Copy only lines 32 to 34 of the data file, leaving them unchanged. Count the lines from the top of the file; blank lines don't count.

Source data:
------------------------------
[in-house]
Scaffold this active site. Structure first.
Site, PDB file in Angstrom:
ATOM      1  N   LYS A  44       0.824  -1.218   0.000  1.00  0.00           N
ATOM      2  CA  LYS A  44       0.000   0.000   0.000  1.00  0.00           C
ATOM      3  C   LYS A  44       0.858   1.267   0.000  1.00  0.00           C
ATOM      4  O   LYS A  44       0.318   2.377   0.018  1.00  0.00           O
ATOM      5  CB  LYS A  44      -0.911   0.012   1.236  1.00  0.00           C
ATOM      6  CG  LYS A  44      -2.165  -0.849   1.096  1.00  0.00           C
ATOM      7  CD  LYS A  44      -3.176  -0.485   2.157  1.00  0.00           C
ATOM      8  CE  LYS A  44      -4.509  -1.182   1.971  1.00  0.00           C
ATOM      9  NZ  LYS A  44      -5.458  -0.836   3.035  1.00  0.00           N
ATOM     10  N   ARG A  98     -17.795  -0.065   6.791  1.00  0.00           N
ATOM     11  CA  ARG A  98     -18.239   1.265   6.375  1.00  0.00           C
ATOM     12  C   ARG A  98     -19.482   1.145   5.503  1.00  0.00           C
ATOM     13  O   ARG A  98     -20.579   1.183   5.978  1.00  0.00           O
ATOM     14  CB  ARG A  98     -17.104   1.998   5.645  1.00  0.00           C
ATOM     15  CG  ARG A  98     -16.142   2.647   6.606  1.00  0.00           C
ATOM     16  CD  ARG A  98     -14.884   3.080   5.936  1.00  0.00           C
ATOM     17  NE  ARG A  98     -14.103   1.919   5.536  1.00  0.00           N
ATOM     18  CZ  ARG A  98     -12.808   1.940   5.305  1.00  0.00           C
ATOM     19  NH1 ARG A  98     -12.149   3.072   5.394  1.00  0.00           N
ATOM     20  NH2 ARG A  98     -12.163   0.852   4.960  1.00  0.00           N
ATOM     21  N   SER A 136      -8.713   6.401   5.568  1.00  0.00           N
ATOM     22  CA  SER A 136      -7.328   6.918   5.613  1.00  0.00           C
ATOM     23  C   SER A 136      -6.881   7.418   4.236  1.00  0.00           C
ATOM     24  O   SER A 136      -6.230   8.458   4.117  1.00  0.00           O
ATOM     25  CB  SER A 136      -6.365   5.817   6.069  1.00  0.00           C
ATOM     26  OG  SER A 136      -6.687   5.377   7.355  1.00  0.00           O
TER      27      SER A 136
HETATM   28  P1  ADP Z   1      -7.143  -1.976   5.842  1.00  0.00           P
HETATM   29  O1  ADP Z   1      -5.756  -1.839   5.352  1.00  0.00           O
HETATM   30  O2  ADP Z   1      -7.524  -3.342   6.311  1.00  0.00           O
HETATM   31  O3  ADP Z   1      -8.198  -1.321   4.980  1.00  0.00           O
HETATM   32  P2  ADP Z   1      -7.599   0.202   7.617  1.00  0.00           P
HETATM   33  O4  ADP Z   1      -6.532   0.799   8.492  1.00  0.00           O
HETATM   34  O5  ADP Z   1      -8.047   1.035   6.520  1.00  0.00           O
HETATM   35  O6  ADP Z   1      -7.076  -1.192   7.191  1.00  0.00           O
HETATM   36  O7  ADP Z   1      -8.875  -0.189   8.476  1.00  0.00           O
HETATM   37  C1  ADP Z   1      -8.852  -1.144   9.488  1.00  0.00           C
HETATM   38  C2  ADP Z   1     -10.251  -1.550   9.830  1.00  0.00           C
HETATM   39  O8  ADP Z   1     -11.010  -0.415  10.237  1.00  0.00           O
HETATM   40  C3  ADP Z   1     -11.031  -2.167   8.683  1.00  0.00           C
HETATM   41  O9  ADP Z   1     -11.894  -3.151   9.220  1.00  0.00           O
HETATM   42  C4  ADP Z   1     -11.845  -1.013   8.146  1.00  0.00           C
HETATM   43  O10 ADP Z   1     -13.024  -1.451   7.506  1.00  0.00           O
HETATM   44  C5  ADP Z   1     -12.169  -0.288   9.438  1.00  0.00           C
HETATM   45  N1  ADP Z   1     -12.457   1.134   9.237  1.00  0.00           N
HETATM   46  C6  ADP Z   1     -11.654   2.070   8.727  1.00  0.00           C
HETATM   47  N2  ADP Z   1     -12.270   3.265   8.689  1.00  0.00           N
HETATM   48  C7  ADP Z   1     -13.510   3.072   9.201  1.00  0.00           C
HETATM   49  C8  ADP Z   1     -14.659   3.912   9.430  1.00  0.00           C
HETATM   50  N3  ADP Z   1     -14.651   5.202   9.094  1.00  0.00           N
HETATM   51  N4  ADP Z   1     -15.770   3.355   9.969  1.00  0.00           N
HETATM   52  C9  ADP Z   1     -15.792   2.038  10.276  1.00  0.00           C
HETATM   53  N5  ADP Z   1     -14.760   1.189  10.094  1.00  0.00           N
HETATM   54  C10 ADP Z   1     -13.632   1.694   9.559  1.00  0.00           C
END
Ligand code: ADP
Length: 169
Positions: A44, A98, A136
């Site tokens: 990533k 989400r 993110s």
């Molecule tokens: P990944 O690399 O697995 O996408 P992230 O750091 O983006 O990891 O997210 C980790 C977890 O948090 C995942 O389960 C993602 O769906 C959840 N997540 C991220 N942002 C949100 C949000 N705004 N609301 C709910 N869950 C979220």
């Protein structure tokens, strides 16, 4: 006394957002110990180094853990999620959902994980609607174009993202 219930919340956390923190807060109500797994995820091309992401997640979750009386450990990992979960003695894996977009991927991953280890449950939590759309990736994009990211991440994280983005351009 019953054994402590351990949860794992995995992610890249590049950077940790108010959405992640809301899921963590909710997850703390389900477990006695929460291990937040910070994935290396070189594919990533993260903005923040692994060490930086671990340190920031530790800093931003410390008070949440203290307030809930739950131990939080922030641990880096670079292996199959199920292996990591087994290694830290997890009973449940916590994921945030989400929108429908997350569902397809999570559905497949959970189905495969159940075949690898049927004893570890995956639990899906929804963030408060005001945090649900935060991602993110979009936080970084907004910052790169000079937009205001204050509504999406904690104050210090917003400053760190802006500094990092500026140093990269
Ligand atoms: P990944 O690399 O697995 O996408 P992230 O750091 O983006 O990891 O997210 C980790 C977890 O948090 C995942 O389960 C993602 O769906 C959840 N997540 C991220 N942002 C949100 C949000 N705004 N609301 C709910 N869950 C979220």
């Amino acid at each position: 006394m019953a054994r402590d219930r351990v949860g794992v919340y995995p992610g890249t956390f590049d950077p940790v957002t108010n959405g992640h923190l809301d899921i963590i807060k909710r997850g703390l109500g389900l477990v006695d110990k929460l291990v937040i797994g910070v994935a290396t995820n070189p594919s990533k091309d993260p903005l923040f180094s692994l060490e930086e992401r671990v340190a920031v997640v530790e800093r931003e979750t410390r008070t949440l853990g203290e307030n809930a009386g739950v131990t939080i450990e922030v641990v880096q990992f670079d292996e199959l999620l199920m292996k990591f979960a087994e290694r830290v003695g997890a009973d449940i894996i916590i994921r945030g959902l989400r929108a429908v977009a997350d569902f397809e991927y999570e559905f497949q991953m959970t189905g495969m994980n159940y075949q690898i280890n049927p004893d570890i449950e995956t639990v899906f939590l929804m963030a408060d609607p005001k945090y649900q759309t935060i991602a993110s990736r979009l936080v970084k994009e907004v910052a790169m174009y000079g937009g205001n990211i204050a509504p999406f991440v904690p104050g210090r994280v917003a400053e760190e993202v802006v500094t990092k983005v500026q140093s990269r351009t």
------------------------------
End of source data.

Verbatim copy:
HETATM   29  O1  ADP Z   1      -5.756  -1.839   5.352  1.00  0.00           O
HETATM   30  O2  ADP Z   1      -7.524  -3.342   6.311  1.00  0.00           O
HETATM   31  O3  ADP Z   1      -8.198  -1.321   4.980  1.00  0.00           O